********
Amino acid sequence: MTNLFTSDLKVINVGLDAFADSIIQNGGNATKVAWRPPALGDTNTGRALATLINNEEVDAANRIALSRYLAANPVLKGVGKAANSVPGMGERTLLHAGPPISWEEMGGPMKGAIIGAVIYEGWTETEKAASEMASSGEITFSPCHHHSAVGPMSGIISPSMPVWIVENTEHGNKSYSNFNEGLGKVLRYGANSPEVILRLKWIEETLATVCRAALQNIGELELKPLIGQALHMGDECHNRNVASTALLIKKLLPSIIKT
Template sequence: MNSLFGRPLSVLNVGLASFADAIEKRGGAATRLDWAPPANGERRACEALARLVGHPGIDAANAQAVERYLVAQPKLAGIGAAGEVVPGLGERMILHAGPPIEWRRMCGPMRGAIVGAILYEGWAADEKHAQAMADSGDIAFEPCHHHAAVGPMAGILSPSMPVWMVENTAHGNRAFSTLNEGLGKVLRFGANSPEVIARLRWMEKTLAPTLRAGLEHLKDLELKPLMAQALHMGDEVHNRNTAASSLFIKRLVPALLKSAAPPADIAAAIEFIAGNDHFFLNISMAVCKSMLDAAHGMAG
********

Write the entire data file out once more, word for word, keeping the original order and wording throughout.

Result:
Amino acid sequence: MTNLFTSDLKVINVGLDAFADSIIQNGGNATKVAWRPPALGDTNTGRALATLINNEEVDAANRIALSRYLAANPVLKGVGKAANSVPGMGERTLLHAGPPISWEEMGGPMKGAIIGAVIYEGWTETEKAASEMASSGEITFSPCHHHSAVGPMSGIISPSMPVWIVENTEHGNKSYSNFNEGLGKVLRYGANSPEVILRLKWIEETLATVCRAALQNIGELELKPLIGQALHMGDECHNRNVASTALLIKKLLPSIIKT
Template sequence: MNSLFGRPLSVLNVGLASFADAIEKRGGAATRLDWAPPANGERRACEALARLVGHPGIDAANAQAVERYLVAQPKLAGIGAAGEVVPGLGERMILHAGPPIEWRRMCGPMRGAIVGAILYEGWAADEKHAQAMADSGDIAFEPCHHHAAVGPMAGILSPSMPVWMVENTAHGNRAFSTLNEGLGKVLRFGANSPEVIARLRWMEKTLAPTLRAGLEHLKDLELKPLMAQALHMGDEVHNRNTAASSLFIKRLVPALLKSAAPPADIAAAIEFIAGNDHFFLNISMAVCKSMLDAAHGMAG